The idea is that"economic development" everywhere - essentially the transformation from countryside to city, the movement of people - is bound to cause pain and dislocation, and I was looking for concrete examples.. Many reporters seem to believe that the process here in China is somehow uniquely evil, when in fact it is just an accelerated version of what has gone on elsewhere.. The tone in the reports is almost like,"God, China has problems, has an oppressive government, has people suffering," with the assumption that nothing like this has happened before...
I have no idea, myself, so I told him I would ask here.
Being a great fan of Christopher Browning's Ordinary Men I wanted to point out this interview with Browning at the Atlantic Online. And on a completely different note, doing a Ralph-style round-up only less organized (I'm short on time), there is a very interesting discussion of speech act theory and its relation to political smears at Crooked Timber. Chris Bertram points out (or, if you don't agree with him, says, or claims - speech act theory in action, so to speak) that just saying a given smear is true doesn't necessarily make it not a smear (because it can be true but selective, for example). All of which leads (or can lead, seems to lead) into further questions of how entrenched ideological positions can distort the truth, and whether people can change their minds.
I happened on an interesting show on tv last night, by way of that dreaded vice of idly flicking through some channels without any particular goal in mind. I thought it was Nova, but upon going to the Nova page to find a link and being unable to, discovered that it was something called Secrets of the Dead. Not a very alluring title. Sounds like something on one of those odd channels, one of those channels full of cop chases and other lurid items. But in fact it was quite good, and I ended up watching though I had thought I was going to wander off again after a few minutes. It was about the 1918 flu. There were some mildly irritating aspects, such as unnecessary re-enactments to supplement the archival photos and film, but that's a small point.
The most interesting part, to me at least, was toward the end, when questions of evidence and how to think about them and what to decide came to the fore, and we were presented with two scientists, both apparently quite reasonable and sensible, drawing rather different conclusions from the same evidence. Nothing remarkable in that, it happens all the time, and that's why it's so interesting. It was a very good little lesson in how both science and history actually work, there on our tv screens.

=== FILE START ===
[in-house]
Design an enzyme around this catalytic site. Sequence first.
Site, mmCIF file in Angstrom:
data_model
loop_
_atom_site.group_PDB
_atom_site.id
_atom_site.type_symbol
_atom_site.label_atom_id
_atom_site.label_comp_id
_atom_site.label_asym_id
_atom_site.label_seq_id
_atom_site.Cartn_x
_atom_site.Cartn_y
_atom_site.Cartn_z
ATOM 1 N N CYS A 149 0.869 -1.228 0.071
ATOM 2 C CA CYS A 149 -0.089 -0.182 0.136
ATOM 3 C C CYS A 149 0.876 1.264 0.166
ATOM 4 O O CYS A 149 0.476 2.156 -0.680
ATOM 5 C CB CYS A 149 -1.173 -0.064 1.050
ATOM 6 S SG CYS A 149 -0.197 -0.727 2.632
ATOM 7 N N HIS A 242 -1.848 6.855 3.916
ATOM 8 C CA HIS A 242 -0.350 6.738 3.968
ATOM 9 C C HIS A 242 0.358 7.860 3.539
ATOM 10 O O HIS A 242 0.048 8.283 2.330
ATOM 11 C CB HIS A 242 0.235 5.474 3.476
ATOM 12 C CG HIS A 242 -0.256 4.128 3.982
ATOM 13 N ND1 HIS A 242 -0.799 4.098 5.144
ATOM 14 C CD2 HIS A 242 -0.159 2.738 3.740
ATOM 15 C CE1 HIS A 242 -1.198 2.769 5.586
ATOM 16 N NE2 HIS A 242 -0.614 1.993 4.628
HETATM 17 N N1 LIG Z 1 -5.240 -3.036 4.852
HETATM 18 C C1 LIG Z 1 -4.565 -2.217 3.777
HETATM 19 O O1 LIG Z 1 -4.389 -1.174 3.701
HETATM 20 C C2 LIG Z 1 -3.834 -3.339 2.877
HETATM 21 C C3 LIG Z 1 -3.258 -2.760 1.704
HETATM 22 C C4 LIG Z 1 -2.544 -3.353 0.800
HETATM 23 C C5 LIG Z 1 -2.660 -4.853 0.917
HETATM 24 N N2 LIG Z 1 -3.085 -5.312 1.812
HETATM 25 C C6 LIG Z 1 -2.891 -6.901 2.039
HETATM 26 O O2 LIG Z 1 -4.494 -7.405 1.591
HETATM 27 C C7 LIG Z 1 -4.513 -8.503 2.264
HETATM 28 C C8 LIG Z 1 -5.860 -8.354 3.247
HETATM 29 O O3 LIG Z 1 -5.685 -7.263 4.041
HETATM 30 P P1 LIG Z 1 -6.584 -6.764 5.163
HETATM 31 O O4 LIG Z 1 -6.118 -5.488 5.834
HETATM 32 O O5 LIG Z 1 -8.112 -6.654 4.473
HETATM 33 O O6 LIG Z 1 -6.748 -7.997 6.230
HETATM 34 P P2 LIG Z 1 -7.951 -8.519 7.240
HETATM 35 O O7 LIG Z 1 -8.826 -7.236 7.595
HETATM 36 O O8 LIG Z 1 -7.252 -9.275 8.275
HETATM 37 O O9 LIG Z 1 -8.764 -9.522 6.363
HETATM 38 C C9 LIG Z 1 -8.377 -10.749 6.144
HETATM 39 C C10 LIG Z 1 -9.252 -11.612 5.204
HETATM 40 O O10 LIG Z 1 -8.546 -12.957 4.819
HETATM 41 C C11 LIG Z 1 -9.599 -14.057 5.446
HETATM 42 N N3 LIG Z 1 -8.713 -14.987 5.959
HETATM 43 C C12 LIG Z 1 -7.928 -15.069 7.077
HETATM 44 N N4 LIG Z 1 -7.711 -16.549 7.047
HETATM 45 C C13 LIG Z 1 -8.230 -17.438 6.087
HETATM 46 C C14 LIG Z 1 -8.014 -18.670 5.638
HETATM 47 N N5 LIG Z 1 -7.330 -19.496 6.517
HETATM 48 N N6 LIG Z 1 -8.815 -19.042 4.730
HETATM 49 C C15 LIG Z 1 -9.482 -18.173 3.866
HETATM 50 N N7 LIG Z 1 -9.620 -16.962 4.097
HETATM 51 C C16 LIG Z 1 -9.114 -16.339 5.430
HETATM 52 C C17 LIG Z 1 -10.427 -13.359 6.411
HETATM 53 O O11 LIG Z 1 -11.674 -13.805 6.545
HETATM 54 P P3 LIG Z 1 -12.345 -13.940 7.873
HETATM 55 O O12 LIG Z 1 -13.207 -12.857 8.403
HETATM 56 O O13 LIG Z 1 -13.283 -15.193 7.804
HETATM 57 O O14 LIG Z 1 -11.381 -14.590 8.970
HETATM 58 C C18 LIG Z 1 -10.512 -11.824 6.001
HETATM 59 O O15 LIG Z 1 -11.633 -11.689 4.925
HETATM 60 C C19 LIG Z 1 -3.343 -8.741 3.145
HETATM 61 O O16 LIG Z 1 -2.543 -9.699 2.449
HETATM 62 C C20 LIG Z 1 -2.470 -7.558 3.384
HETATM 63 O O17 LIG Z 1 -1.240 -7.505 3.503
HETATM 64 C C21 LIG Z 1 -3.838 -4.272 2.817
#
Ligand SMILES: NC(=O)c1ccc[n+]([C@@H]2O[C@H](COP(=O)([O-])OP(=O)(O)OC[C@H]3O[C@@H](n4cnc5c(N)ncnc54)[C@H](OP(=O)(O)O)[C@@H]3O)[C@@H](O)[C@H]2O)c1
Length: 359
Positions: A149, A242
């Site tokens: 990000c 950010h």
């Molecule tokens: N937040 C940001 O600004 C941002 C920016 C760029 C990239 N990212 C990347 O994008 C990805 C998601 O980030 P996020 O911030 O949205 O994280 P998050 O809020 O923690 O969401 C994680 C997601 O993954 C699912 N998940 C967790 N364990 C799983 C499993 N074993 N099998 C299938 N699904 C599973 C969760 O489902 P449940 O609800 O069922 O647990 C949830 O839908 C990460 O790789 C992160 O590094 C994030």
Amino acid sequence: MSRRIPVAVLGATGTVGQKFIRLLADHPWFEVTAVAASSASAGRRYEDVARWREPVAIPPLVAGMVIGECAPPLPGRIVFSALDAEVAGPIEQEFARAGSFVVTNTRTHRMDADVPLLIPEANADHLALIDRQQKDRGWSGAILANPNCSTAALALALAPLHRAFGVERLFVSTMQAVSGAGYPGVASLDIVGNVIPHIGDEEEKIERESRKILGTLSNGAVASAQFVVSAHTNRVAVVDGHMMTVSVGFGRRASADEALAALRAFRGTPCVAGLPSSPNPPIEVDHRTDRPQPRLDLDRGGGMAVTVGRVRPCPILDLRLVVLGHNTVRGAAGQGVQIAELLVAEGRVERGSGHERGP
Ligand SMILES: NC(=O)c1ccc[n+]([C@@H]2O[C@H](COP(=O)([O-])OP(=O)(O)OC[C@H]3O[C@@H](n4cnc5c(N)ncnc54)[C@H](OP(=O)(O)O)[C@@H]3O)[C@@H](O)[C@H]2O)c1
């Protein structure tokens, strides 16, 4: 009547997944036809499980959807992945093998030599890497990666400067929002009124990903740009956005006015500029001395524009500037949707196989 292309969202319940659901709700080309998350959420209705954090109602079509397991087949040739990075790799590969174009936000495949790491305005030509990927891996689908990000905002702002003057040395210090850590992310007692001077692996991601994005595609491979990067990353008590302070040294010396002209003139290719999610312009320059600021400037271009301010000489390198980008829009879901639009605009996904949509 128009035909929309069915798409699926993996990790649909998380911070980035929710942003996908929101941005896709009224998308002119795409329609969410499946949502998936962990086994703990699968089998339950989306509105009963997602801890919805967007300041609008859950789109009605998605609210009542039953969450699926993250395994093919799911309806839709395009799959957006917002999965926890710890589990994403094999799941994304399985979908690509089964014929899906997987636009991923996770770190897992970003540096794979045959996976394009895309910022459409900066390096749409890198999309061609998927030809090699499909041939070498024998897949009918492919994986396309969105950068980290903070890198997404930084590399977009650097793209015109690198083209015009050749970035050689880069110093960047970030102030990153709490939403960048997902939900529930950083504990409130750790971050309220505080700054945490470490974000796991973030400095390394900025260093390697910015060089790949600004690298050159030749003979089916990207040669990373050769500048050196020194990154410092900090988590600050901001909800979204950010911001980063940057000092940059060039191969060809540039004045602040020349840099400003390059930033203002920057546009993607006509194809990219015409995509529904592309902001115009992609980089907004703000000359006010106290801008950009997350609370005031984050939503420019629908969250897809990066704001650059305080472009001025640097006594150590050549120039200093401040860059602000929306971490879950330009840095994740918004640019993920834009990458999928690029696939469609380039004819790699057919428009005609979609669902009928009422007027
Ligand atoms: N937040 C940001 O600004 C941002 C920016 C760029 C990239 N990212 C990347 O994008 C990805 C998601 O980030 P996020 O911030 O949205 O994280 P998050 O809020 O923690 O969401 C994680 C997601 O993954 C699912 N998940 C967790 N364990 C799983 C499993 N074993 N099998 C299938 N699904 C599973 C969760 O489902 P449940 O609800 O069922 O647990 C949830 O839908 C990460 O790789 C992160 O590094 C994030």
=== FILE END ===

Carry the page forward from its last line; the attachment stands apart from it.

One researcher, an Oxford virologist (whose name I've forgotten), had and has an idea that the flu originated earlier and elsewhere than the generally-believed spring of 1918 in US military camps. So he searched the literature, and found a contemporary article in the Lancet by several military doctors about a virulent respiratory outbreak in a military camp in Etaples, in northern France. The doctors said it was not quite like ordinary bronchitis nor like ordinary pneumonia; they called it 'purulent bronchitis.' It was frequently fatal, and it produced the same 'heliotrope cyanosis' that the 1918 flu did. The Oxford virologist looked for three enabling conditions for a flu like the 1918 strain: pigs, live birds that humans have contact with, and crowded conditions; he found all three.
But that's all the evidence there is. He and others have been looking in permafrost for genetic material that would clinch it, but so far they have not found any. And that's where the two different takes come in. The Oxford virologist is convinced that the Etaples outbreak was the origin of the 1918 flu. But part of his argument for why he thinks so and we should think so too was a little bit odd (and, so, interesting as part of as it were epistemological psychology). He said something like 'How can we just ignore the findings of the doctors who wrote the Lancet article, who risked their lives to do the research? We can't just say they were wrong, we can't just dismiss them.' That's an odd thing to say because it's not necessary to say they were wrong, surely, and even if it were that would not be an argument! Obviously enough.
The virologist then went on to say that the preponderance of the evidence was in favour of the Etaples idea; that it wasn't proven, but the evidence was heavily in favour. His colleague Jeffrey Taubenberger, a molecular pathologist, put it quite differently. He simply said we don't have the evidence, and that's that.
Clearly the two are considering different kinds of things to be evidence, and it's also somewhat clear that the virologist is letting himself persuade himself. That he's taking what one might call circumstantial evidence to be firmer than it really is, and not being tentative enough. And that in itself is quite interesting. The difference between the two is a nice illustration of what lab technicians, journalists, detectives, historians, molecular pathologists and virologists do every day, all over the planet. Figuring things out.